Resisting Marginalization: Black Women’s Political Ambition and Agency

Resisting Marginalization: Black Women’s Political Ambition and Agency

By Pearl K. Ford Dowe, Oxford College of Emory University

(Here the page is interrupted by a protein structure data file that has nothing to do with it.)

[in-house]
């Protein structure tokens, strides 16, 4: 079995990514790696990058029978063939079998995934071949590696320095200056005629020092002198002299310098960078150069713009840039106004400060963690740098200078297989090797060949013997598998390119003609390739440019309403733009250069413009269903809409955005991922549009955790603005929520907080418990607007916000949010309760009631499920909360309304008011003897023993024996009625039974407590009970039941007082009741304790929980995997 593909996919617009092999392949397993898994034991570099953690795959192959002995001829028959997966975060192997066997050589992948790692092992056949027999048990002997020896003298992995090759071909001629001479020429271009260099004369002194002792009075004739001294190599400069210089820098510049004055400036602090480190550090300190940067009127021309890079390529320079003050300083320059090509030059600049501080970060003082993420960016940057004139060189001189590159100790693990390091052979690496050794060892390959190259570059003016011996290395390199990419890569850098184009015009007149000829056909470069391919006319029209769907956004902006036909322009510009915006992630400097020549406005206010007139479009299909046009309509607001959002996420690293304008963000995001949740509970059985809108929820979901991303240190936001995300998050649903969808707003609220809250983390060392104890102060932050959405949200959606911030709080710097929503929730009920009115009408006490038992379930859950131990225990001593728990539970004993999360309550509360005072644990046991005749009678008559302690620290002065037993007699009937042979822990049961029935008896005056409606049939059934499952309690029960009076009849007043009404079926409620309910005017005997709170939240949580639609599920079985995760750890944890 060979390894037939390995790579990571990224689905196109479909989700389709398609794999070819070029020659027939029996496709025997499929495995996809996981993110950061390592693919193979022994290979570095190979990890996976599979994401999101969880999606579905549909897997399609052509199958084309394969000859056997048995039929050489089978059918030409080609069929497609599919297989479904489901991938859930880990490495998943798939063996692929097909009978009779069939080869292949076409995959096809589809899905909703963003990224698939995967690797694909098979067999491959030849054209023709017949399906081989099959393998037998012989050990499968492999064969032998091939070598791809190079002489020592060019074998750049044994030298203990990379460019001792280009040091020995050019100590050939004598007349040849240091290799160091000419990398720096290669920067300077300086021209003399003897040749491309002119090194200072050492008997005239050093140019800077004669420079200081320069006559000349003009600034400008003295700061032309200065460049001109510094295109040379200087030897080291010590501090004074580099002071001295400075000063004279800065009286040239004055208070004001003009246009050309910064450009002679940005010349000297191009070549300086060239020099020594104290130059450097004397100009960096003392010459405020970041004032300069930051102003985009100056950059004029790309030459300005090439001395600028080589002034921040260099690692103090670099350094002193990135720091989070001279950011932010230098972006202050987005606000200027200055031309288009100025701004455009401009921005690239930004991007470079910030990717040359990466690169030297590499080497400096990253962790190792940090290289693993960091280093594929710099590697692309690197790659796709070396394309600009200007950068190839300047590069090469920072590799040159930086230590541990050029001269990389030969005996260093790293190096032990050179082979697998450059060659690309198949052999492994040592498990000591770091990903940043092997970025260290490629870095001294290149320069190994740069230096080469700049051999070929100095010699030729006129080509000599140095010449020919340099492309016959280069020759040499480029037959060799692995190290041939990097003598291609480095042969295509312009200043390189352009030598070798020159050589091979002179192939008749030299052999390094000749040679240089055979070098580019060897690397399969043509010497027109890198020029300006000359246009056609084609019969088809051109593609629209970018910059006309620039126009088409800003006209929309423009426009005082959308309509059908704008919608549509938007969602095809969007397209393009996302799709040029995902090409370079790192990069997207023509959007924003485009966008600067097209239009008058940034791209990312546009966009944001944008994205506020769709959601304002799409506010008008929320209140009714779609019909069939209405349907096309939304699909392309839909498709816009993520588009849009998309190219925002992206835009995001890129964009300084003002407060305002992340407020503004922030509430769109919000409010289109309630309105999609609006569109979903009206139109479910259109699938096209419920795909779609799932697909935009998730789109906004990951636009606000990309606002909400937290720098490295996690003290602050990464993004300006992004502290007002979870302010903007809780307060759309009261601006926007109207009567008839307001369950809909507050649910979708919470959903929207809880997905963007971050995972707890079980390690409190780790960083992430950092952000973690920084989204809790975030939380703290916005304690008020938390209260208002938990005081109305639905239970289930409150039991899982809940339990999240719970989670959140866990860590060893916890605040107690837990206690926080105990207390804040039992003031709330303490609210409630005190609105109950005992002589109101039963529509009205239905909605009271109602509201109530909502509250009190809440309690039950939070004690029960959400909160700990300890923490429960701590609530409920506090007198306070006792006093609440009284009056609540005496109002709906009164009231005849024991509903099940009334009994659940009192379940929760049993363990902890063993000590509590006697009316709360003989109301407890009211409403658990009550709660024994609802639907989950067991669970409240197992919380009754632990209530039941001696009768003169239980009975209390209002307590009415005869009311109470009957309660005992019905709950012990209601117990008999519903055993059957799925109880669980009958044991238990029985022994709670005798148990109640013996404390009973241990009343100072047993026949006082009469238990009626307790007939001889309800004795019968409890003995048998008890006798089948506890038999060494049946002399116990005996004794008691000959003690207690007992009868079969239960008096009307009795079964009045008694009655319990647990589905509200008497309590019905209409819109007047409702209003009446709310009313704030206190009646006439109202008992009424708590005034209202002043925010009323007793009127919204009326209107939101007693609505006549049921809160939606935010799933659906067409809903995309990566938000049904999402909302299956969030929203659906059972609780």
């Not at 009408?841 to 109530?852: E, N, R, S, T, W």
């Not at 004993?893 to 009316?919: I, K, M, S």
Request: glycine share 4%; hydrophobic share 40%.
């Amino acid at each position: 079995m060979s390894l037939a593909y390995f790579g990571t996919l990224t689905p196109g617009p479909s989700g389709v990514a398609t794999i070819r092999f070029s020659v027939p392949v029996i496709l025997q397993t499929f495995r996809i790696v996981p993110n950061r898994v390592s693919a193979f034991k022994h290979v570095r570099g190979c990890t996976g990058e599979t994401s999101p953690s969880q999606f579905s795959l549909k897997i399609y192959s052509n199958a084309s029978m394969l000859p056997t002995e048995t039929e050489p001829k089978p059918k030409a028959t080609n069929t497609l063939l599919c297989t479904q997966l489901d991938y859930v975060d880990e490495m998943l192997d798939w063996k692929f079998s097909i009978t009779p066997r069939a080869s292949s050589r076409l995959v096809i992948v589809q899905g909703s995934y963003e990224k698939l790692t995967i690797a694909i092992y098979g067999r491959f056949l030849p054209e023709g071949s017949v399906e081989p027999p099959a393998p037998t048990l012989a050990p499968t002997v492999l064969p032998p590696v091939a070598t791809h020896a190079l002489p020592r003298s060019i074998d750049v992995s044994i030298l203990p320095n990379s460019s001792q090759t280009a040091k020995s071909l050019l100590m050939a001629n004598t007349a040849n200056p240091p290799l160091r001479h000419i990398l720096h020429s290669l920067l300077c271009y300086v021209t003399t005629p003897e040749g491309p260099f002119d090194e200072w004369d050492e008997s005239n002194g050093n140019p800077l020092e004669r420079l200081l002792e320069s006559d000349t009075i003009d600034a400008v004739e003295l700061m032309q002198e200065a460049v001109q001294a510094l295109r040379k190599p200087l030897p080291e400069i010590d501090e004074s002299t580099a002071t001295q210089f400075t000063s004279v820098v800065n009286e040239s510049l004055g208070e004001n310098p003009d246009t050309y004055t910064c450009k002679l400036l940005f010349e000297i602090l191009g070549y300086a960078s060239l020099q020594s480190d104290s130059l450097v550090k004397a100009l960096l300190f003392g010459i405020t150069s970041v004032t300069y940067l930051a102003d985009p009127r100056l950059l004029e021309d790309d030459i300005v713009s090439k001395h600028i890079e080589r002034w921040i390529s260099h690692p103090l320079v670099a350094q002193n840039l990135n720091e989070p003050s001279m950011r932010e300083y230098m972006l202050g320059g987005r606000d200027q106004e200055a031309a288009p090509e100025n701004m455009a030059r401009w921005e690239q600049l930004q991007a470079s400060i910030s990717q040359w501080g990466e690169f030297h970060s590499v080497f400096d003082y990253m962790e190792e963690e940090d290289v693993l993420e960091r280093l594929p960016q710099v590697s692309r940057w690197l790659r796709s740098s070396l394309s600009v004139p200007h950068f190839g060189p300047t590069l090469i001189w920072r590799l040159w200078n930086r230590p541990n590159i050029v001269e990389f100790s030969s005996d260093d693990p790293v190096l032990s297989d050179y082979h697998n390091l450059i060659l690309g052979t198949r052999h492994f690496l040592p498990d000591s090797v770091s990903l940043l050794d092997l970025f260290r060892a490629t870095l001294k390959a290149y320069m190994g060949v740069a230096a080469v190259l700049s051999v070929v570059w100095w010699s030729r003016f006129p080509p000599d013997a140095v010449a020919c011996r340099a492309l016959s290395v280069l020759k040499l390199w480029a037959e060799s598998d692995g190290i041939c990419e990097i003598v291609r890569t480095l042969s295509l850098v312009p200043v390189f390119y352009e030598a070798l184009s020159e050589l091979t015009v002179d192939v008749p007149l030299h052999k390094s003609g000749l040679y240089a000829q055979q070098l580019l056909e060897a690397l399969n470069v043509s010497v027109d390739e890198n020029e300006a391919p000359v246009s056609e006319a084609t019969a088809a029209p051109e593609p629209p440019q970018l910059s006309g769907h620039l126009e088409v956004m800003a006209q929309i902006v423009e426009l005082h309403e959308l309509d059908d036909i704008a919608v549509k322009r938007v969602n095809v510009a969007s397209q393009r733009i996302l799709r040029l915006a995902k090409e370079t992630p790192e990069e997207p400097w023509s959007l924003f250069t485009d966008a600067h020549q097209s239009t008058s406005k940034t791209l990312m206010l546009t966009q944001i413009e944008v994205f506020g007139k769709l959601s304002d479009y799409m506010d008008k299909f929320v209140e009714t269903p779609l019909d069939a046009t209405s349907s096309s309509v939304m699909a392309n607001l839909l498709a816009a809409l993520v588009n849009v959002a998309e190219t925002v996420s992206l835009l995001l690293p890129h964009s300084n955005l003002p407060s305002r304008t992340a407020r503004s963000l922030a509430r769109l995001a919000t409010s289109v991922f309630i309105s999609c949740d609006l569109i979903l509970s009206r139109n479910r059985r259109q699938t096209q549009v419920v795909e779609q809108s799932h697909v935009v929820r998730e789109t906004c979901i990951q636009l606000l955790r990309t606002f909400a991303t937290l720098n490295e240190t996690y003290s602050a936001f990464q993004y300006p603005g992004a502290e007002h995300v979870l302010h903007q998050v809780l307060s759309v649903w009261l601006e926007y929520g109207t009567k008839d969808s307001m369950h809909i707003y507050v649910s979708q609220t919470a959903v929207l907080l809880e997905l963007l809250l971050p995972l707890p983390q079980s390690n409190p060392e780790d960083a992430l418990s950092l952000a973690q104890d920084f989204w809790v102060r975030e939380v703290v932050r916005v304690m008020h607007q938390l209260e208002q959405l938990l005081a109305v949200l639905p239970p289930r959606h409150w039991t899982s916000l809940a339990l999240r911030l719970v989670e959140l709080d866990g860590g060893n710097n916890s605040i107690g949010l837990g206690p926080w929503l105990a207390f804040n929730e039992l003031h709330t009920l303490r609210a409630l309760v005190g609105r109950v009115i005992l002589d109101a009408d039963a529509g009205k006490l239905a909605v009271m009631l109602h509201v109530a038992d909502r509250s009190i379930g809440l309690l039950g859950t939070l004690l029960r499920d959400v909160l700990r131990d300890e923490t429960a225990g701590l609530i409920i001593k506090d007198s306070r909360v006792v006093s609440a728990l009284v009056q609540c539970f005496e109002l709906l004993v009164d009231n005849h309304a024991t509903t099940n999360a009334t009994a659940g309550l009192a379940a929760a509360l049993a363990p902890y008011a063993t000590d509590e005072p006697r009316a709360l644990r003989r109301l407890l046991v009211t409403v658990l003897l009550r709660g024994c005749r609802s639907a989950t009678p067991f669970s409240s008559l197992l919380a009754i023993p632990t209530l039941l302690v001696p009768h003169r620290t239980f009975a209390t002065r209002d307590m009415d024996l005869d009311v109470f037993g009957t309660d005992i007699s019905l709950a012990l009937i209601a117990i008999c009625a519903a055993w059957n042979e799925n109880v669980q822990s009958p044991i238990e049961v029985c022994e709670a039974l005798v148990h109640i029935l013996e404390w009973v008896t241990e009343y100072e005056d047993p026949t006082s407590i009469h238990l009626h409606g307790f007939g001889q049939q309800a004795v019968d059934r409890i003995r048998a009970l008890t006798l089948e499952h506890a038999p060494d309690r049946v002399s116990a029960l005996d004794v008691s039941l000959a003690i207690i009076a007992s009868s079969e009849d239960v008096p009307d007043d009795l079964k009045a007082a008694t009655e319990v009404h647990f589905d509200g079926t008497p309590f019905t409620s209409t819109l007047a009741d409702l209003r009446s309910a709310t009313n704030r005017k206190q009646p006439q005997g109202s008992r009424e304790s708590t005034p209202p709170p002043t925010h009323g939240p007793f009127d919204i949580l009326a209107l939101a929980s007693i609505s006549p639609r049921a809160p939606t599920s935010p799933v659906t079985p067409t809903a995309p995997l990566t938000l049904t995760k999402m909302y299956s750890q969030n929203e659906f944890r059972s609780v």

The literature on understanding the political ambition of women variously explains the challenges women face in seeking elected positions. Much of it concentrates on white women and it negates the lens through which Black women view themselves and their political agency. It also ignores how Black women navigate political choices, opportunities, and obstacles. Its narrow scope therefore limits our understanding and regard for mechanisms beyond voting in which Black women engage, such as community organizing, civic engagement and seeking office (Cohen 2003; Smooth 2014). This narrow scope prompts me to ask: What is the path to Black women’s political ambition? Is ambition defined too narrowly for these women? I propose a theory of ambition on the margins to explore how and why Black women decide to run for office and engage politically. Data gathered from focus groups of young Black women support my theory by revealing the value of social networks, the continuous fight to resist stereotypes while striving to advance their communities. 


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